Two recent events; I just published a new book, Relational Being, and my grand-daughter has just told me how thrilled she is at the number of friends she has on Facebook. The two events are related in an important way: There are now over three hundred million users of Facebook, half of whom log on every day of the week. There are also some 340 million people who read blogs, six million users of twitter, and millions of additional folks who spend an hour or two on email each day. These are only samples of the range and numbers currently engaged in some form of social networking. Now consider the kinds of thoughts spinning through our heads as we spend our time networking:

    “This will interest them”
    “This is a good picture of me”
    “She will enjoy this”
    “I want them to hear my opinion on this”
    “She’s attractive”
    “I need to tell him about this”
    “I wonder if they will like the music I like”
    “Maybe what I want to say will upset him”
    “Maybe I should invite her to be my friend”

What stands out about all these sorts of thoughts is that they are all conscious of relationship. They take into account of “how I come across to others” and “how they will react.” We communicate or follow those we find interesting, attractive, exciting, or useful. We spend time chatting with people we want to help, attract, entertain, and so on. We form opinions in order to spread them far and wide. We swim in a sea of relationships.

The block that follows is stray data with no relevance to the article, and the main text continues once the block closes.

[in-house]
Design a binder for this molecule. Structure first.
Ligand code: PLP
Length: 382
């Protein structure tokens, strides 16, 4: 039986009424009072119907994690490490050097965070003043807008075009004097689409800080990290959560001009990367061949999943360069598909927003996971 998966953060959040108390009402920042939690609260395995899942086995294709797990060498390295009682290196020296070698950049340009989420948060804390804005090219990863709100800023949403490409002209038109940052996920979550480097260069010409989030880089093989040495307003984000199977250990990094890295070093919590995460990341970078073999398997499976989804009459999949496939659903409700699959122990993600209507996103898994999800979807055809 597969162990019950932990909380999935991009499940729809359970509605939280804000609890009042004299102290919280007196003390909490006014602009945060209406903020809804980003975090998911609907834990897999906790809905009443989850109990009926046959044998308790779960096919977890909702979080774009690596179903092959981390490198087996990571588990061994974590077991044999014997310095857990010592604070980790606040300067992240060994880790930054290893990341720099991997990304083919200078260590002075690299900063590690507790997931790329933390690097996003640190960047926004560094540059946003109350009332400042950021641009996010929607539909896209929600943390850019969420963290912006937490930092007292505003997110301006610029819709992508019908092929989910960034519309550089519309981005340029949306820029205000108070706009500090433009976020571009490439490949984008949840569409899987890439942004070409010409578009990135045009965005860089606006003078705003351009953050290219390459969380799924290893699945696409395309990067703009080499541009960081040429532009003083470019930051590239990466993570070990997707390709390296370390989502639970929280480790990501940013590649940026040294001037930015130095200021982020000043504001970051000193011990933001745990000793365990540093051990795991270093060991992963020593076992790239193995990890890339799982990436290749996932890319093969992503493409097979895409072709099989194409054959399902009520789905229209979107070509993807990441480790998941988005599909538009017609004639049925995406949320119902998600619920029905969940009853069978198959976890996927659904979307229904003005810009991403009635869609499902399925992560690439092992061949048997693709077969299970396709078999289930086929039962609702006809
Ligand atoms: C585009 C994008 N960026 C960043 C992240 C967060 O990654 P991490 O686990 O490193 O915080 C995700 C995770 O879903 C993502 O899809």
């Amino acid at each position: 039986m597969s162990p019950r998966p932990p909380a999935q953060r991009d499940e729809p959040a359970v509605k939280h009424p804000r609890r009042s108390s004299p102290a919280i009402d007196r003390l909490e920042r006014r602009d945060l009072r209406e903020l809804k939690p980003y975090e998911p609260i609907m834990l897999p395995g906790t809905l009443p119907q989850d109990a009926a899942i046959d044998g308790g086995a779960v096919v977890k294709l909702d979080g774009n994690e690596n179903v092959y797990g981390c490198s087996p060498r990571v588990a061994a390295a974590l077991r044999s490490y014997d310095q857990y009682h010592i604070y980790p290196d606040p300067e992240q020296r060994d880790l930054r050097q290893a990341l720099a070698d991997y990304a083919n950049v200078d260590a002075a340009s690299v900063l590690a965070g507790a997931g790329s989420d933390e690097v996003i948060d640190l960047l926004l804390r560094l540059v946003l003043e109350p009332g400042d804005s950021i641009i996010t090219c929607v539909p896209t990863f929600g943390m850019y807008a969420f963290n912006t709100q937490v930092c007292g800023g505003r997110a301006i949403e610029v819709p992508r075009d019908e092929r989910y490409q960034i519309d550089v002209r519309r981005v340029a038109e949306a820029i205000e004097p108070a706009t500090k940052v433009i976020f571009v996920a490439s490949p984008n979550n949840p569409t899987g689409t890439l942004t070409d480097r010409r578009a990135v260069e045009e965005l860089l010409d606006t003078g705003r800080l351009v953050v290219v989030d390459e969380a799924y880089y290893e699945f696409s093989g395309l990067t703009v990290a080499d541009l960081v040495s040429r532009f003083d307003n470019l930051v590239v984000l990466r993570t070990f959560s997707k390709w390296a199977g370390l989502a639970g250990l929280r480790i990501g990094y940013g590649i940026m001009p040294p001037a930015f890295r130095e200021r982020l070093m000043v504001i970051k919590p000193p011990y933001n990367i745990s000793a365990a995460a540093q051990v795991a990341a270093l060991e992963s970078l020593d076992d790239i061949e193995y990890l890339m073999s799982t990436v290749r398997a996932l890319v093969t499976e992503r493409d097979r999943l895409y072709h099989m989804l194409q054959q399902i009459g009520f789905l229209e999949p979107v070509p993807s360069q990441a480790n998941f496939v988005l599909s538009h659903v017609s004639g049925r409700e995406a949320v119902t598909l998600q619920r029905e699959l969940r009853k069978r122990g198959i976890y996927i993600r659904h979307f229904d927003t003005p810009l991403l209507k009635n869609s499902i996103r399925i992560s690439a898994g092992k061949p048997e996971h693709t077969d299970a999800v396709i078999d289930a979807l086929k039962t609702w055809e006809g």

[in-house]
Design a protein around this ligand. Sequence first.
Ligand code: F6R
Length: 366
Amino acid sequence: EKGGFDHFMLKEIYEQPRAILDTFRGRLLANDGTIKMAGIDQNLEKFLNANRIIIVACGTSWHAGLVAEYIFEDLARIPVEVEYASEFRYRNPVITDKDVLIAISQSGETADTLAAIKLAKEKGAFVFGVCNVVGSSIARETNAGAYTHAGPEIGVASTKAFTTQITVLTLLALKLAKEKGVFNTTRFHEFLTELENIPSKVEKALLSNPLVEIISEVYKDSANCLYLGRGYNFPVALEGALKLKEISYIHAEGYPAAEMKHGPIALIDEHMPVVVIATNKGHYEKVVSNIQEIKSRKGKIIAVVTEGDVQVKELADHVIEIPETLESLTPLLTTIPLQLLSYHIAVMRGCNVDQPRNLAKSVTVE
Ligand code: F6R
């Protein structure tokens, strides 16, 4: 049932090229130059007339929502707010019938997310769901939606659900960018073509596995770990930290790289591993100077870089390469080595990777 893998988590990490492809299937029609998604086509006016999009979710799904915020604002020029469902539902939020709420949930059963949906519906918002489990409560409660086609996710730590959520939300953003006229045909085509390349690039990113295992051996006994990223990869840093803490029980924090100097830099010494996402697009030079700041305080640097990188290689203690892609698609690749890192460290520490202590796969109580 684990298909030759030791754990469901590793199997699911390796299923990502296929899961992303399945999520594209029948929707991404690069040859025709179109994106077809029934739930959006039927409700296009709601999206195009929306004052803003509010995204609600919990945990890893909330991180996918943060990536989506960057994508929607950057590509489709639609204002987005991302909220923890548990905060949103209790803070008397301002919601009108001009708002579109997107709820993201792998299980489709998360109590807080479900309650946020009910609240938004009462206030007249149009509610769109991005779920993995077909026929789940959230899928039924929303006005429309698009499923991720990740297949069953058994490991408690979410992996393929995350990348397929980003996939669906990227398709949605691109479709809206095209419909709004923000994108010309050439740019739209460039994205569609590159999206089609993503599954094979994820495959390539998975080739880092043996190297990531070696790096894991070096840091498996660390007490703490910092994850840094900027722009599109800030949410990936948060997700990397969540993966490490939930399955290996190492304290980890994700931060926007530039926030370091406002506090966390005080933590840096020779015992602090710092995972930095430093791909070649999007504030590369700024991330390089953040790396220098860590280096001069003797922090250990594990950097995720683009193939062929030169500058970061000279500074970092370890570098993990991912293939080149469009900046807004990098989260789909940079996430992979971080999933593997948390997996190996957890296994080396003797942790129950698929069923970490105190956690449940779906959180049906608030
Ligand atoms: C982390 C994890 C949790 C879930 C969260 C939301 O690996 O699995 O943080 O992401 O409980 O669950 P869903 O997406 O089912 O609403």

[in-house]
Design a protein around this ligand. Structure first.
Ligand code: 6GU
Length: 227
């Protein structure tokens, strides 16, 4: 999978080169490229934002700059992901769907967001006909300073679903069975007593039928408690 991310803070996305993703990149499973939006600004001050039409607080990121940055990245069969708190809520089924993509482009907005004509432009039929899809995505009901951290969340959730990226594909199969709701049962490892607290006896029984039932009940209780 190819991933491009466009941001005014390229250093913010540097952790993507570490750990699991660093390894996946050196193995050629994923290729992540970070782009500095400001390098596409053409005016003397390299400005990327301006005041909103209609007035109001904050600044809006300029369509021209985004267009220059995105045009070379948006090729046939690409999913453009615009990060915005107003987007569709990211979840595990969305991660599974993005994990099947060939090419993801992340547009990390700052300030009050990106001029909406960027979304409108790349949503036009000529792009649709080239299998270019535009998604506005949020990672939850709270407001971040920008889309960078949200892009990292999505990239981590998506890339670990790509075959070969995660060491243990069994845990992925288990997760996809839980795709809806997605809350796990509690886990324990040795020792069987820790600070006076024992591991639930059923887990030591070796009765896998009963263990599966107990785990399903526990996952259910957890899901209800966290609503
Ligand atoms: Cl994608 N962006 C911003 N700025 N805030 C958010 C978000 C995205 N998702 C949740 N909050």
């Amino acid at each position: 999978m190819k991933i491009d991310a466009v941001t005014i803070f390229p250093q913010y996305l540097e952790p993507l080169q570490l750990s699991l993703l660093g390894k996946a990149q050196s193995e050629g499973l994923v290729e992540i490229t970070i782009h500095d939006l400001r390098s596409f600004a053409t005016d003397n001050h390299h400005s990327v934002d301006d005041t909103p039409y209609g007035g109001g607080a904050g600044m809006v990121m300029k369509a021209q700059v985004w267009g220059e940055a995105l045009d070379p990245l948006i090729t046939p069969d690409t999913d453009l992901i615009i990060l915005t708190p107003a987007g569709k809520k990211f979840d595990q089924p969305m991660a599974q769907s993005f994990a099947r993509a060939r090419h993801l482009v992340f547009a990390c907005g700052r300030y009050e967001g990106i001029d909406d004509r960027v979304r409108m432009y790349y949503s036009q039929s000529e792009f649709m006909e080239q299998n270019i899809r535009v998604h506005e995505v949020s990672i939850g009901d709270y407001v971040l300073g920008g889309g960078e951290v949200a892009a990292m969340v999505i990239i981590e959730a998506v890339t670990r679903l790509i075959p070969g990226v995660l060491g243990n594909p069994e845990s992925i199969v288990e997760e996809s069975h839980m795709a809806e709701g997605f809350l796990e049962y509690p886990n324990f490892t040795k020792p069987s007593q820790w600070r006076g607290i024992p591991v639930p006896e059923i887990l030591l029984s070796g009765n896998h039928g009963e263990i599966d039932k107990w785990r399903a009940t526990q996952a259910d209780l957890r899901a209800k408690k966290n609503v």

Now compare: Sixty years ago one of the most widely read books in America was David Riesman’s The Lonely Crowd. This book contrasted what Riesman and his colleagues viewed as two major personality styles, the inner directed and the other directed. The other directed style sounds much like the social networker. Other directed people were said to be concerned about the impression they made on others, were sensitive to changing styles and opinions, and avoided making decisions alone. In contrast, inner directed people was more focused on developing their own, individual viewpoint. They had a sense of direction and valued personal coherence.